(NECN/WBAL: Kim Dacey) - New robotic cleaning devices are helping to keep patients at Johns Hopkins Hospital safer from superbugs.
MRSA and clostridium difficile are some of the most well-known types of superbugs that can thrive in hospital settings.
"Superbugs are actually what we would medically consider organisms or bugs that are resistant to multiple antibiotics," epidemiologist Dr. Trish Perl said.
At Hopkins, when a patient with one of those bugs leaves, the room is cleaned like any other, but then the Bioquell Q10 system is brought in to disinfect the entire room in two steps. First, a technician has to seal off any vents, windows and doors in the room, and then the first machine goes to work.
"It saturates the area with the hydrogen peroxide and, at that point, it will microcondensate on all the surfaces in the room," said technician Mike Duclos.
The 35-percent hydrogen peroxide is enough to kill the superbugs, and it can reach every nook and cranny in the room, officials said.
The second machine aerates and dries the peroxide, leaving no residue behind.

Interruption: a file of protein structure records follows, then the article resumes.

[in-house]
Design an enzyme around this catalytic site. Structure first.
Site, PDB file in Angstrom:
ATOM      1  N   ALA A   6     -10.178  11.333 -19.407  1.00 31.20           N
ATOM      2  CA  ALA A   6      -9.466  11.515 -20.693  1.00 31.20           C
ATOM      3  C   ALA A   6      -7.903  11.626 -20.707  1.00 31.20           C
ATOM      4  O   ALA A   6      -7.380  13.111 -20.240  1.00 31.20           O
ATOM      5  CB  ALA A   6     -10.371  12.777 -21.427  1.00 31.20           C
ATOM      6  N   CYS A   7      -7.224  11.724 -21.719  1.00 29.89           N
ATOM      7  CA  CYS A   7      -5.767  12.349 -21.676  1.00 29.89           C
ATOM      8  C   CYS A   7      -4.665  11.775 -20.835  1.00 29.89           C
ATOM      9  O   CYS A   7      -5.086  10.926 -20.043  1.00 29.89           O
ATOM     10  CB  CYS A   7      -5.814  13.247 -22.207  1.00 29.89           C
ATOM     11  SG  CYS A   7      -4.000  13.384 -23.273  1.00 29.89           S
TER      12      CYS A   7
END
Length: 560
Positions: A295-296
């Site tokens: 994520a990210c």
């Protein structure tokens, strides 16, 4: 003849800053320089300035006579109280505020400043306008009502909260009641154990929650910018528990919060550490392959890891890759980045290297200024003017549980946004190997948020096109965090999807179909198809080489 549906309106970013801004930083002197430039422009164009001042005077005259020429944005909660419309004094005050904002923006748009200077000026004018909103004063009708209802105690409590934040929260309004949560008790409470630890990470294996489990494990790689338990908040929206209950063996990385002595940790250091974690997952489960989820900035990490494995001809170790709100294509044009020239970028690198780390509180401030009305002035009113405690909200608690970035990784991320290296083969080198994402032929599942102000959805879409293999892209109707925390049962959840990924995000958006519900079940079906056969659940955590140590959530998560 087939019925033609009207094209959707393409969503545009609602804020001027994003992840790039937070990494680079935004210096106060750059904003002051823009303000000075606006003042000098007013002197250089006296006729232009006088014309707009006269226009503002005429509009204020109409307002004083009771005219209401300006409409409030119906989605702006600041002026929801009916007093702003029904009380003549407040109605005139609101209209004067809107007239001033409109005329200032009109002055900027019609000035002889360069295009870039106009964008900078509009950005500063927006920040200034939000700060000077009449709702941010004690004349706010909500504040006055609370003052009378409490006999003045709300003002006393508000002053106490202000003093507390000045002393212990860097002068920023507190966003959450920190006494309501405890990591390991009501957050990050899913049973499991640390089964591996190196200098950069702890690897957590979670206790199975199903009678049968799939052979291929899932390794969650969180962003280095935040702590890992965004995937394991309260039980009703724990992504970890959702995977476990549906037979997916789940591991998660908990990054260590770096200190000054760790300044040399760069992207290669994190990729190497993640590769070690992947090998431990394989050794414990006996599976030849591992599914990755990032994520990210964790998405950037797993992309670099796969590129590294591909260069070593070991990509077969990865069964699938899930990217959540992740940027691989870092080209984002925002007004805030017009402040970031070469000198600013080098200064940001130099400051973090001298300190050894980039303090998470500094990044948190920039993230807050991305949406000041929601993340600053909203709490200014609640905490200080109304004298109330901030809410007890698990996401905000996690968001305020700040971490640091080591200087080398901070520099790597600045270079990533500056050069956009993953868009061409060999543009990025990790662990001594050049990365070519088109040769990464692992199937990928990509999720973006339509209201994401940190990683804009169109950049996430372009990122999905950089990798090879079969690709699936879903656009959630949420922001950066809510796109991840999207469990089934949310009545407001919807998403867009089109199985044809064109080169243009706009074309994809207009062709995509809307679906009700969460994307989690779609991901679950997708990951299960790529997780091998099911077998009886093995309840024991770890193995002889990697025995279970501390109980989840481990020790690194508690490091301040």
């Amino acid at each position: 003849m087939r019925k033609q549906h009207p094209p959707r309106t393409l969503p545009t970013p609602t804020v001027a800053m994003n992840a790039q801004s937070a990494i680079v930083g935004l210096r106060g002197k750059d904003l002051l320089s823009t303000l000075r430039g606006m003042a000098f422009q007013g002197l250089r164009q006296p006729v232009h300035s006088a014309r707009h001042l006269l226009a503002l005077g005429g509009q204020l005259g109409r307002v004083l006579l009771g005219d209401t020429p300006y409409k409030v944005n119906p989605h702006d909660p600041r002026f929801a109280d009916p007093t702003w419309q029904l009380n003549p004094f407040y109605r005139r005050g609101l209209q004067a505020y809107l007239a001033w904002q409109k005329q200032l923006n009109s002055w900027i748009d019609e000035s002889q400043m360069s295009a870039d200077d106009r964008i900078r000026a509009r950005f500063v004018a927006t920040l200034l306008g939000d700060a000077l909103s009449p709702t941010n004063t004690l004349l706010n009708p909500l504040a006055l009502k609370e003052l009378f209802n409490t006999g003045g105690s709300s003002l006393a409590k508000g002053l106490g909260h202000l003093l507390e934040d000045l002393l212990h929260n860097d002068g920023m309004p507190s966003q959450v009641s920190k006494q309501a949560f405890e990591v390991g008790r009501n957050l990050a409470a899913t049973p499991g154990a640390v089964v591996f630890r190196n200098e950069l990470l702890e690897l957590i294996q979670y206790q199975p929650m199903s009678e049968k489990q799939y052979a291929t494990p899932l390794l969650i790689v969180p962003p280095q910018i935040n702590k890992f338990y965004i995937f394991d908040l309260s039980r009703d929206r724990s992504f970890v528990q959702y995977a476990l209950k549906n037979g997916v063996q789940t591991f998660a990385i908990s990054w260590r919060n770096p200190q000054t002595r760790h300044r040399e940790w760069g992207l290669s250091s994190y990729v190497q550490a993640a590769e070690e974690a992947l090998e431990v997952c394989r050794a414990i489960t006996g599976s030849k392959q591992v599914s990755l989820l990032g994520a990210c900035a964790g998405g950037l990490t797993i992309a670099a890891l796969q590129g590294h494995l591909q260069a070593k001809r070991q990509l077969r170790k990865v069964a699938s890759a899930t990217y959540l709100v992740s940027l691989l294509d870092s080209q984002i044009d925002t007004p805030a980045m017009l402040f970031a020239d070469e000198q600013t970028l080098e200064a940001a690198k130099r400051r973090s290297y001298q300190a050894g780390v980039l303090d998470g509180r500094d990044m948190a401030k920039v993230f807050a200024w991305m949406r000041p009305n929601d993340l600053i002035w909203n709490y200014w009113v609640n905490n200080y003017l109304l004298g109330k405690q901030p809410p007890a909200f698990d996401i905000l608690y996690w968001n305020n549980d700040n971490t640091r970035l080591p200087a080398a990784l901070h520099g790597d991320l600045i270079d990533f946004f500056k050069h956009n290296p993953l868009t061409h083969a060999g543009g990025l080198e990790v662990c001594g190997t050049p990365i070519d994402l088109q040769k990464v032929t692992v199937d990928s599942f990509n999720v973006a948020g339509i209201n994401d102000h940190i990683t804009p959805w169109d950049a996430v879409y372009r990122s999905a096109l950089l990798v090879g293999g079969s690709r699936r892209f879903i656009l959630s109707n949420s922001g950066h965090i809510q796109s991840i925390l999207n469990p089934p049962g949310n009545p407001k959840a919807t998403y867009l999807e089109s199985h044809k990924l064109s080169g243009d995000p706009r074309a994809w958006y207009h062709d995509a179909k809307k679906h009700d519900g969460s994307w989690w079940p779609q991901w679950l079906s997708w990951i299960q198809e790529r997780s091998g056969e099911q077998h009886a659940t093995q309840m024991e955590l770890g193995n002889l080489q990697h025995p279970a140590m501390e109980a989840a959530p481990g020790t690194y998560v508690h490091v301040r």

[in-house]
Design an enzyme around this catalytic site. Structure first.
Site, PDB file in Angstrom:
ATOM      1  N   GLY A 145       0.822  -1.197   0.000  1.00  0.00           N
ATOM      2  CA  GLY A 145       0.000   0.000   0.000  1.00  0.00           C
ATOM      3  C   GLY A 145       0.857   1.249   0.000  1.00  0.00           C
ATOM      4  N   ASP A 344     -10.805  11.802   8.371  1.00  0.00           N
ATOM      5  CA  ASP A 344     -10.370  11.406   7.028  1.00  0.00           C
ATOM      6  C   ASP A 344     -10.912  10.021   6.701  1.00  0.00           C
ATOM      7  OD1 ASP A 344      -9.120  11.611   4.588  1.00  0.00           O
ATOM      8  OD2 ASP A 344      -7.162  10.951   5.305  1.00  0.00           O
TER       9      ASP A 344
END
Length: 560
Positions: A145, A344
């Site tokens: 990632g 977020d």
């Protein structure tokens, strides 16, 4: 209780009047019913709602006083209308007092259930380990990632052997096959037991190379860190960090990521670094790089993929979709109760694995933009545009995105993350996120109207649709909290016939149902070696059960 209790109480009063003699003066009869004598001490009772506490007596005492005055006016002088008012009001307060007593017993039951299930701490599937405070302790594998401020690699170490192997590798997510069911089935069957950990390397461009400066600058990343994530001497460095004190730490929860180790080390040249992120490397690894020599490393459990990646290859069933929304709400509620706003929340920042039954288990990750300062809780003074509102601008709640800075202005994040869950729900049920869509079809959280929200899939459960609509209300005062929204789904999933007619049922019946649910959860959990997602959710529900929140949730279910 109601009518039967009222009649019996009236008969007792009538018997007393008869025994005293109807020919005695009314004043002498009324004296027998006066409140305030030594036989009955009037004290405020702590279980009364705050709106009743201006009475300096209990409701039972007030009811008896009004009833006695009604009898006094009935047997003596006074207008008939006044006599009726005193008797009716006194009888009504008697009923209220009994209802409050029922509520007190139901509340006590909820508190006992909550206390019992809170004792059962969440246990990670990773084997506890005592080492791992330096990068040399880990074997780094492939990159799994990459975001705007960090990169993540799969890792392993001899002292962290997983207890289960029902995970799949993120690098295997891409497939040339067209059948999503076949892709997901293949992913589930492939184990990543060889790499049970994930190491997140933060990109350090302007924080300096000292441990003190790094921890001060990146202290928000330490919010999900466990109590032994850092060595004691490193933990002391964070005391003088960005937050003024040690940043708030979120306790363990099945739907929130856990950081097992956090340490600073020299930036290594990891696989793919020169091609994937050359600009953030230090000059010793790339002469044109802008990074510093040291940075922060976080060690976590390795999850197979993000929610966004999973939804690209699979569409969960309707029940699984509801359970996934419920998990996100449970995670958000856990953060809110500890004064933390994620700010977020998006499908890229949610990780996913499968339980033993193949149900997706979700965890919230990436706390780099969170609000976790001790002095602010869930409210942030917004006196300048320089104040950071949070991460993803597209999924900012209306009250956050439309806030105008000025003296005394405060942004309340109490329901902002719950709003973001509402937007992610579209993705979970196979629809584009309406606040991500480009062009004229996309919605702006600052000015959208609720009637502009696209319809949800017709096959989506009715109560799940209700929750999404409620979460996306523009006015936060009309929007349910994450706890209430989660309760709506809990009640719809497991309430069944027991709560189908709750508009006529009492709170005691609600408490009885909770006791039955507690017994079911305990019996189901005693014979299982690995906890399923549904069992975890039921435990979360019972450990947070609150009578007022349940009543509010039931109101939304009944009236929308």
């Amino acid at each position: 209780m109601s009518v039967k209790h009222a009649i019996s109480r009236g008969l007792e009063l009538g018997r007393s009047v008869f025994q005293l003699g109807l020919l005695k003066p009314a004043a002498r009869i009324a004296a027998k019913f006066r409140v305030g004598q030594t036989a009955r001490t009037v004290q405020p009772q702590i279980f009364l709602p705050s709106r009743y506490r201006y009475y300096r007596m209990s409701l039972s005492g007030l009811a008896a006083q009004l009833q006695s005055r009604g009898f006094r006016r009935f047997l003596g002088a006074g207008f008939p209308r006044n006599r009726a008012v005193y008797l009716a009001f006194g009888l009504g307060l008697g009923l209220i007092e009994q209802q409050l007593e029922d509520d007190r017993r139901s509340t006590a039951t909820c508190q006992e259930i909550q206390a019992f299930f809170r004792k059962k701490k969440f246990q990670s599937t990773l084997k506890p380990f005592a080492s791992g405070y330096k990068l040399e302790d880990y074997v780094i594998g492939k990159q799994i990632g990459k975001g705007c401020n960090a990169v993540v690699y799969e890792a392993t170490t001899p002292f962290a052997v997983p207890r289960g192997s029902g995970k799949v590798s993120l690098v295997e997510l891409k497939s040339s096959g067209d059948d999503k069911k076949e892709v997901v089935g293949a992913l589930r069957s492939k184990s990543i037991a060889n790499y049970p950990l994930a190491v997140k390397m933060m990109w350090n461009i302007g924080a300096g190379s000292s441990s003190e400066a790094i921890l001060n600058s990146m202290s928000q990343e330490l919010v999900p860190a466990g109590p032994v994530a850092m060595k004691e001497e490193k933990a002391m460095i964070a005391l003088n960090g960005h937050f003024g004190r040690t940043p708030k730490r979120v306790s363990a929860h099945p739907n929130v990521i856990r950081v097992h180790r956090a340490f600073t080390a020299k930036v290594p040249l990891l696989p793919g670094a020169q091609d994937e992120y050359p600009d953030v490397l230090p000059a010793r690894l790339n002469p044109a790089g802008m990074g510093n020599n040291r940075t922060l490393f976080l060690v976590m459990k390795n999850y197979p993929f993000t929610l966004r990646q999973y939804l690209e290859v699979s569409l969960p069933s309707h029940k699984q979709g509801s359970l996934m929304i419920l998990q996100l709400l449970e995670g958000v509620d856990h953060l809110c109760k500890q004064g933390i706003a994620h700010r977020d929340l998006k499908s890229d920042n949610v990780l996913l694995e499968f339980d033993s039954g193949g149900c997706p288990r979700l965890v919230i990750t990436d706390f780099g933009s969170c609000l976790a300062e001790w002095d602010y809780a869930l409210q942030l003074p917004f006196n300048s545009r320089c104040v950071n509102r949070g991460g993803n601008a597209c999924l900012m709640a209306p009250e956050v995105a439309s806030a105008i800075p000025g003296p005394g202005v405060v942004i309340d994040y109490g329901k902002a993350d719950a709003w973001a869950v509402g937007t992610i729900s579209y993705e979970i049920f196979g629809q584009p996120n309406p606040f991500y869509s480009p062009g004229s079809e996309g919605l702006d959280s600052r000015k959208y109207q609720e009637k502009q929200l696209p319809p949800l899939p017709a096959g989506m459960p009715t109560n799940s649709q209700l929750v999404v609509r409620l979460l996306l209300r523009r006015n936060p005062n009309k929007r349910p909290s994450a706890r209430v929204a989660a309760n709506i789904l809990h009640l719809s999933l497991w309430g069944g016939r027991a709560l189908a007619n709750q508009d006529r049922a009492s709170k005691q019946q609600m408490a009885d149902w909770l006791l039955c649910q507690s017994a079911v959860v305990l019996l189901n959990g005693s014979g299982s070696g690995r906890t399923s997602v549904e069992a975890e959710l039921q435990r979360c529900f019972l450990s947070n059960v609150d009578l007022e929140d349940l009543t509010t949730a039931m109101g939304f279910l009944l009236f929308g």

The entire process takes about an hour-and-a-half, experts said. One of the benefits is that the hydrogen peroxide is safe for all medical and electronic equipment, so nurses don't have to move anything out before doing it.
"We actually urge staff to put in there any sort of computers or a lot of hospital equipment that's just really hard to clean, and we try to get as much equipment really in the room as possible," Duclos said.
Hopkins has two Bioquell systems, so it has to prioritize which rooms get done based on the severity and type of superbug. In a study, the system was shown to reduce the number of superbug infections in patients by 64-percent.